The Thai government has been holding six asylum seekers from Syria in Phuket for nearly a month and is refusing access to UNHCR (UN Refugee Agency) representatives, according to a Human Rights Watch official. Phil Roberston, deputy director of HRW’s Asia division, said the asylum seekers were en route to Sweden via Beijing when they were stopped by Chinese immigration officials and sent back to Phuket (their last departure point) on January 13. The six individuals’ names and genders have not been made public, Robertson said, but human rights reps do know that four are Syrian and two are Palestinian. Authorities have not confirmed the exact location of the asylum seekers, but it is believed they are being held at Phuket International Airport.
The reason they were stopped in Beijing is unclear, but Robertson said it likely has to do with their travel documents. He said that human rights officials have heard that at least some of the detainees are on a hunger strike but that because the Thai government has not allowed interviewers to see them, little about their circumstances or condition is known. Among the unanswered questions is whether they are fleeing the ongoing violence in Syria, whether they are political dissidents, or are seeking asylum for other reasons.
“To date, the Thai government is simply failing to respond or reply to entreaties by UNHCR and Bangkok-based diplomats that they should immediately allow UNHCR to have access to this group,” Robertson said in an email. “The members of the group have contacted UNHCR independently and told officials there that they want to seek asylum – and so we’re puzzled why nothing has happened. This should be a straightforward matter of Thailand giving access for UNHCR to exercise its refugee protection mandate.”
Syria has been devastated by a civil war that began in 2011 and continues today. Regular reports of cruel and unthinkable violence, poverty and unrest paint a grim picture of the situation in the country, and millions have fled Syria for Jordan, Turkey, Lebanon, and countries farther abroad. Robertson said that some of those in the Thailand group have relatives in Sweden, which is why they had chosen to seek asylum there.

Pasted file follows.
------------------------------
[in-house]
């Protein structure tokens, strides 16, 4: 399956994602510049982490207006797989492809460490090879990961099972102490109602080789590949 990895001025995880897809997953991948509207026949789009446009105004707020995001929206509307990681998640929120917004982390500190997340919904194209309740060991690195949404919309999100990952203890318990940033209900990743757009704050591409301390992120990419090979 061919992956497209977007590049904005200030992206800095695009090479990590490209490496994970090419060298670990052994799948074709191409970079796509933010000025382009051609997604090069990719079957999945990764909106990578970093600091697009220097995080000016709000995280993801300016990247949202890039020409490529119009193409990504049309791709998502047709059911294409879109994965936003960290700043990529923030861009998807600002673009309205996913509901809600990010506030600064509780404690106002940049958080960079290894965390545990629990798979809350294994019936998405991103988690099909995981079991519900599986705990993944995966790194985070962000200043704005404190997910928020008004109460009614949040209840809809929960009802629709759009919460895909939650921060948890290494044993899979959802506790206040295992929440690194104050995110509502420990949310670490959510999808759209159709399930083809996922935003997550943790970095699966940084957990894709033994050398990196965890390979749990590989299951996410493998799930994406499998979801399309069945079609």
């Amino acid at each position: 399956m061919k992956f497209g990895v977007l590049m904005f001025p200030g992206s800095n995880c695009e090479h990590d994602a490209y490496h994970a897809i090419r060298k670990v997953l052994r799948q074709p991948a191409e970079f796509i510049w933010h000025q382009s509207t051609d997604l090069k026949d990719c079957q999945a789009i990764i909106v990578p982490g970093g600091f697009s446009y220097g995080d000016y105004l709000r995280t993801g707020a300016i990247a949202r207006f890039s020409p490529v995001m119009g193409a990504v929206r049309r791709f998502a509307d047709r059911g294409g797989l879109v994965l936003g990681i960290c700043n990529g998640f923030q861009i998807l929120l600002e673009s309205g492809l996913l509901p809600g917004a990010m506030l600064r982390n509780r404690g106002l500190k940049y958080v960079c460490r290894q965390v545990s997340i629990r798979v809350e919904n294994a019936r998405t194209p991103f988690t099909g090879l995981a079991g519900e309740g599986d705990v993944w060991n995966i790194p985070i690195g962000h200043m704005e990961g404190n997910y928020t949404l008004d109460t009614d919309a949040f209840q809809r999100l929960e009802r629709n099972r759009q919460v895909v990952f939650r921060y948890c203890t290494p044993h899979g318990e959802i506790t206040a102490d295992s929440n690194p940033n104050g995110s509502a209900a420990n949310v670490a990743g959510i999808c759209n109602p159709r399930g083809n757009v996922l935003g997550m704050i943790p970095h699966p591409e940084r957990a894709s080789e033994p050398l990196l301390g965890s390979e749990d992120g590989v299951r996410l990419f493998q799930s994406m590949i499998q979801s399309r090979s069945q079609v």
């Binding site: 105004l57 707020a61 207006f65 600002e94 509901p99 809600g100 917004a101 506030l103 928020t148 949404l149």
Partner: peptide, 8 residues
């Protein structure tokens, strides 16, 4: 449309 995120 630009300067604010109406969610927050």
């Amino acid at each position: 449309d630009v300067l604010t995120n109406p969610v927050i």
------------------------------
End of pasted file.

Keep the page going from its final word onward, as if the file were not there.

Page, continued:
Robertson said the “wall of official silence raises serious concerns about what the Thai government is thinking regarding this group, and other persons fleeing the conflict in Syria. Thailand is far from perfect in its record of protecting asylum seekers and refugees, especially the so-called ‘urban refugees’ who come from around the world seeking temporary protection in Thailand.”
The country has been criticized especially with regards to the treatment of refugees from Burma (Myanmar), many of whom live in border camps with few rights and little access to education and employment. HRW and other human rights activists implored the Thai government to improve treatment of Muslim Rohingyas from Burma especially, and accused the Thai government of sending them directly into the snares of human traffickers.
The government’s refusal so far to grant UNHCR access to the asylum-seekers is a “a clear violation of Thailand’s international obligations,” Robertson said. The country never ratified the 1951 Refugee Convention, which means it cedes its rights regarding refugee status determination to UNHCR. But such behavior is not without precedent. HRW released a report in 2012 criticizing the Thai government’s handling of refugees, finding that “Thai refugee policies are not grounded in law and cause refugees of all nationalities to be exploited and unnecessarily detained and deported.”
As long as the six asylum seekers in Phuket are held without being allowed to speak with UNHCR reps, they have little legal recourse and cannot apply for refugee status or take steps toward establishing themselves in a new country. Indeed, they are at risk of being detained for months or years, according to Robertson, a cruel fate considering all they have likely been through already.
“Much of the rest of the world has recognized the critical importance of helping Syrians fleeing the rights abuses, political reprisals and violent civil war in their country,” Robertston said. “The least that Thailand can do is to undertake to receive the trickle of Syrian asylum seekers that come this far, and provide them with the chance to get the protection from UNHCR that they so desperately need. Thailand should not be hard-hearted in the face of such a crisis – and they should start by immediately releasing the six in the Phuket airport lock-up.”